EU member states are very likely to block the adoption of an EU money-laundering blacklist, which includes Saudi Arabia, Puerto Rico, American Samoa, US Virgin Islands and Guam (all US territories) after Saudi Arabia’s King Salman sent letters to all EU leaders urging them to reconsider the inclusion of his country on the blacklist. To block the list, a majority of 21 states is needed and according to internal sources, more than 20 countries have already said they had opposed the listing. “An overwhelming majority” of EU states oppose the list, an official commented.
In his letter, the Saudi King said that the blacklist “will damage [the Kingdom’s] reputation on the one hand and it will create difficulties in trade and investment flows between the Kingdom and the European Union on the other”. Saudi Arabia is a major oil exporter and importer of EU weapons and goods, to explain the emphasis on the reputation. In the meantime, the White House said that if the list was to be approved by the European Commission, then the listing process itself was in any case “flawed”, which is why Washington rejects the inclusion of the US territories.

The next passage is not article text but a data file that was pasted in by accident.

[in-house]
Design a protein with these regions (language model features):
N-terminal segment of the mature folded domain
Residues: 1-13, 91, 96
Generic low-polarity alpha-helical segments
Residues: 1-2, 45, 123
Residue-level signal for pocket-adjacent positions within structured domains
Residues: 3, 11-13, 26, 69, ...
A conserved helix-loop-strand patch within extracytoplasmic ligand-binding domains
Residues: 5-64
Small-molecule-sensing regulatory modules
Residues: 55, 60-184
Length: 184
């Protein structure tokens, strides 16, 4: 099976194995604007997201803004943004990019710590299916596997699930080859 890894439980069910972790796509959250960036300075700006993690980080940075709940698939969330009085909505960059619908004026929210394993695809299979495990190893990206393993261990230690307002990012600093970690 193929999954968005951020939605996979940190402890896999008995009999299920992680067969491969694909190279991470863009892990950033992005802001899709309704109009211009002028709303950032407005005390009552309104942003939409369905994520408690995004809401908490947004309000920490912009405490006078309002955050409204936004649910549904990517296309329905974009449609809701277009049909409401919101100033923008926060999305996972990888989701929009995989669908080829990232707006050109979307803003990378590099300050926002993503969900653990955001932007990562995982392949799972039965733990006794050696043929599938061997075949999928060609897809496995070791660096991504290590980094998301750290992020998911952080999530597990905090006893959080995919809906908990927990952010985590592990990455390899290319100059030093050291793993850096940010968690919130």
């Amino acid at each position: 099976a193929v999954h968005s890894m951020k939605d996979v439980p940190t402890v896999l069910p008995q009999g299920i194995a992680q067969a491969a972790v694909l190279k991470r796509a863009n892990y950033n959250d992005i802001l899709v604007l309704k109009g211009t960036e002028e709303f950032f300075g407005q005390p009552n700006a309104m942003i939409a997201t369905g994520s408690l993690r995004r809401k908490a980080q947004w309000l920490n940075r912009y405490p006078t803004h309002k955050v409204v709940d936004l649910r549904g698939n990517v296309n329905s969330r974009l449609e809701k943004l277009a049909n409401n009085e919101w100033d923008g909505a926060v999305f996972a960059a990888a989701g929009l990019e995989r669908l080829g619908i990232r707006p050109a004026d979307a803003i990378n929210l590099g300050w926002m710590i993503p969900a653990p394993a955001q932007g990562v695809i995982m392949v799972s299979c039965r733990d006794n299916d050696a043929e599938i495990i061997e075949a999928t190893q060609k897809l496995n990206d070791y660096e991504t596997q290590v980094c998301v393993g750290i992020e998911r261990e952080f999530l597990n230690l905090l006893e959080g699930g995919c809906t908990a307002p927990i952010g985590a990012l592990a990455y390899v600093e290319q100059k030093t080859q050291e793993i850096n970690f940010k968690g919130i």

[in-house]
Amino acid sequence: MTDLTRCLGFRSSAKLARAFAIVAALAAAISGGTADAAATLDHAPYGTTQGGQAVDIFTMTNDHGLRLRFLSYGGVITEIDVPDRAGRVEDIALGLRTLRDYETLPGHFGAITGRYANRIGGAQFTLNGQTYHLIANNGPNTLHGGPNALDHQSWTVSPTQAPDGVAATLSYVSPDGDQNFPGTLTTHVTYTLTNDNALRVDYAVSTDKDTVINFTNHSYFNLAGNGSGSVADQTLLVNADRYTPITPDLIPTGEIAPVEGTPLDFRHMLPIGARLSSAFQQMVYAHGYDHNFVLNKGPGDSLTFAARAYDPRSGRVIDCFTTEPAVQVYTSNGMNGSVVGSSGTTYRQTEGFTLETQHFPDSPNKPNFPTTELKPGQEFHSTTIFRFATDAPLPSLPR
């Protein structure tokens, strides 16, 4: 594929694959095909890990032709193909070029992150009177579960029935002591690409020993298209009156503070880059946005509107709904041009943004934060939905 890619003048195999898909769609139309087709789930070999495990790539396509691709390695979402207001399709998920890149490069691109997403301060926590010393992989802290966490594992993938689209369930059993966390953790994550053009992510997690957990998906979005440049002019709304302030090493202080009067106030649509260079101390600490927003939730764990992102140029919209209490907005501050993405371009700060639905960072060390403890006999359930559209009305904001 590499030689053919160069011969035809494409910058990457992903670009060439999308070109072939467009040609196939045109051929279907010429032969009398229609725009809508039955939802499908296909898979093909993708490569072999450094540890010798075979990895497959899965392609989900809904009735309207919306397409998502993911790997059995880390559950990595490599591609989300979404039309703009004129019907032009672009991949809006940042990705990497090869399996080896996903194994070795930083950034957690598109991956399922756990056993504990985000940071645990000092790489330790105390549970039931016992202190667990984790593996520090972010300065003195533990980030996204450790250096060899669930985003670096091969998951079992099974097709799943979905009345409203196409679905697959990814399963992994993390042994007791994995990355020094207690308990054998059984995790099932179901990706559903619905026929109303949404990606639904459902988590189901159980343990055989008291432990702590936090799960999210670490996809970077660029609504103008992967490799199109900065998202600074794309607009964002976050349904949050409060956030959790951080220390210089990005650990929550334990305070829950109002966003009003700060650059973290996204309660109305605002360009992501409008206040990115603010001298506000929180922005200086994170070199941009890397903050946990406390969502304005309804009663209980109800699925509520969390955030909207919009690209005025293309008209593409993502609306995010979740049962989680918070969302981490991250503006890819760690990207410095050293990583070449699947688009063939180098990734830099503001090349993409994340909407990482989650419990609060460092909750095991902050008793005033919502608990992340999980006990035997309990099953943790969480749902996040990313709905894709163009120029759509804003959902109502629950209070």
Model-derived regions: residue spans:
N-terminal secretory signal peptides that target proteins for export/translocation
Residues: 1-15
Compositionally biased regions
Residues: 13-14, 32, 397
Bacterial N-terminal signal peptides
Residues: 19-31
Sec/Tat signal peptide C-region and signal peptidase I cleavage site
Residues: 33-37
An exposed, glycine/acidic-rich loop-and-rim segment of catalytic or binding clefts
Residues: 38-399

During a high-profile meeting last week of EU and Arab League leaders in the Egyptian resort of Sharm el-Sheikh, Saudi lobbying intensified. At that meeting, British Prime Minister Theresa May teamed up with French leadership, thus leading the group that is opposed to the kingdom’s inclusion on the list. The Saudi pressure got stronger following that meeting when EU ambassadors gathered at the finance ministry to specifically address this blacklist. The Kingdom said it would suspend contracts with EU states if the list were approved, an EU official said. “They are really rolling out big guns,” another diplomat said. The blacklist was introduced in February in line with EU regulations to prevent money laundering and as part of a process agreed with EU states since last summer.